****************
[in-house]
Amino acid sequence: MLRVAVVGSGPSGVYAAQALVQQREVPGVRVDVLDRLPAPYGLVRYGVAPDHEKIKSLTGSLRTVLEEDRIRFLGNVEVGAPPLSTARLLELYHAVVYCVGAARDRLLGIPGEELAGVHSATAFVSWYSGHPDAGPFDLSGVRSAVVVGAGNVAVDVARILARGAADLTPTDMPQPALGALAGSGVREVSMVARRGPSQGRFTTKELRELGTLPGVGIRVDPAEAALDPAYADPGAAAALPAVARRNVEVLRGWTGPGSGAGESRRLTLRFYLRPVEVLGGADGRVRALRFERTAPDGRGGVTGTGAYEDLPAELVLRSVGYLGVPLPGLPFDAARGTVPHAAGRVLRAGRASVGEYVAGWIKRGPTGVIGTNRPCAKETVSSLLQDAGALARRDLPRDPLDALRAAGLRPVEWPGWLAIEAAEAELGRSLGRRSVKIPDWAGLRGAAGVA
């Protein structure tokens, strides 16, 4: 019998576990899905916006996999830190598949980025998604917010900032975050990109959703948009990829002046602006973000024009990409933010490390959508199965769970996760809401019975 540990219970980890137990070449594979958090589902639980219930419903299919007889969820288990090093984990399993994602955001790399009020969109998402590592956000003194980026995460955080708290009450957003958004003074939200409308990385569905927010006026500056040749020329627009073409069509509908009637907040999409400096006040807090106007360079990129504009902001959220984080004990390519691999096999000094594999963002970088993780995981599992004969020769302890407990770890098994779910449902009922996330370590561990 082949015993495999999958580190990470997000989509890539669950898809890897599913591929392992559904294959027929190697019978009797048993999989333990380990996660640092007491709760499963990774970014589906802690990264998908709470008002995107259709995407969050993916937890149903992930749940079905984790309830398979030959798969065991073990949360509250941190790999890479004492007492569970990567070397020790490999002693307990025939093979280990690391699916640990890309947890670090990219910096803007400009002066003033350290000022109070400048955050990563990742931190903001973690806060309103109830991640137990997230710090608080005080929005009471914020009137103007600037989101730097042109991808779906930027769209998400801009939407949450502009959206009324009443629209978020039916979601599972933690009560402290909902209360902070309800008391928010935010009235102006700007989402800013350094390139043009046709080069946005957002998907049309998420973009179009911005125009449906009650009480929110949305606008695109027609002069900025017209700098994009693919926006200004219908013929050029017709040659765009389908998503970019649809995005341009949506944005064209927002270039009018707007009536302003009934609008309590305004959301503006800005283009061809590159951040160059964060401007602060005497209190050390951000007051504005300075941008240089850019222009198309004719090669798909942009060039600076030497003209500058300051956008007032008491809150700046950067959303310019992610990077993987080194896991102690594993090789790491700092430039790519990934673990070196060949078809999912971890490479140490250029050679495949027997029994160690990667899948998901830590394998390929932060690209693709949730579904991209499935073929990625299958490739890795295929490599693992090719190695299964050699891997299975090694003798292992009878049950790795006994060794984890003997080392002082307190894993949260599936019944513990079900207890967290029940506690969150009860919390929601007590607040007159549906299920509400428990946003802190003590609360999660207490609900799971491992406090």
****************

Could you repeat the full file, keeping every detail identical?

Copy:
[in-house]
Amino acid sequence: MLRVAVVGSGPSGVYAAQALVQQREVPGVRVDVLDRLPAPYGLVRYGVAPDHEKIKSLTGSLRTVLEEDRIRFLGNVEVGAPPLSTARLLELYHAVVYCVGAARDRLLGIPGEELAGVHSATAFVSWYSGHPDAGPFDLSGVRSAVVVGAGNVAVDVARILARGAADLTPTDMPQPALGALAGSGVREVSMVARRGPSQGRFTTKELRELGTLPGVGIRVDPAEAALDPAYADPGAAAALPAVARRNVEVLRGWTGPGSGAGESRRLTLRFYLRPVEVLGGADGRVRALRFERTAPDGRGGVTGTGAYEDLPAELVLRSVGYLGVPLPGLPFDAARGTVPHAAGRVLRAGRASVGEYVAGWIKRGPTGVIGTNRPCAKETVSSLLQDAGALARRDLPRDPLDALRAAGLRPVEWPGWLAIEAAEAELGRSLGRRSVKIPDWAGLRGAAGVA
């Protein structure tokens, strides 16, 4: 019998576990899905916006996999830190598949980025998604917010900032975050990109959703948009990829002046602006973000024009990409933010490390959508199965769970996760809401019975 540990219970980890137990070449594979958090589902639980219930419903299919007889969820288990090093984990399993994602955001790399009020969109998402590592956000003194980026995460955080708290009450957003958004003074939200409308990385569905927010006026500056040749020329627009073409069509509908009637907040999409400096006040807090106007360079990129504009902001959220984080004990390519691999096999000094594999963002970088993780995981599992004969020769302890407990770890098994779910449902009922996330370590561990 082949015993495999999958580190990470997000989509890539669950898809890897599913591929392992559904294959027929190697019978009797048993999989333990380990996660640092007491709760499963990774970014589906802690990264998908709470008002995107259709995407969050993916937890149903992930749940079905984790309830398979030959798969065991073990949360509250941190790999890479004492007492569970990567070397020790490999002693307990025939093979280990690391699916640990890309947890670090990219910096803007400009002066003033350290000022109070400048955050990563990742931190903001973690806060309103109830991640137990997230710090608080005080929005009471914020009137103007600037989101730097042109991808779906930027769209998400801009939407949450502009959206009324009443629209978020039916979601599972933690009560402290909902209360902070309800008391928010935010009235102006700007989402800013350094390139043009046709080069946005957002998907049309998420973009179009911005125009449906009650009480929110949305606008695109027609002069900025017209700098994009693919926006200004219908013929050029017709040659765009389908998503970019649809995005341009949506944005064209927002270039009018707007009536302003009934609008309590305004959301503006800005283009061809590159951040160059964060401007602060005497209190050390951000007051504005300075941008240089850019222009198309004719090669798909942009060039600076030497003209500058300051956008007032008491809150700046950067959303310019992610990077993987080194896991102690594993090789790491700092430039790519990934673990070196060949078809999912971890490479140490250029050679495949027997029994160690990667899948998901830590394998390929932060690209693709949730579904991209499935073929990625299958490739890795295929490599693992090719190695299964050699891997299975090694003798292992009878049950790795006994060794984890003997080392002082307190894993949260599936019944513990079900207890967290029940506690969150009860919390929601007590607040007159549906299920509400428990946003802190003590609360999660207490609900799971491992406090």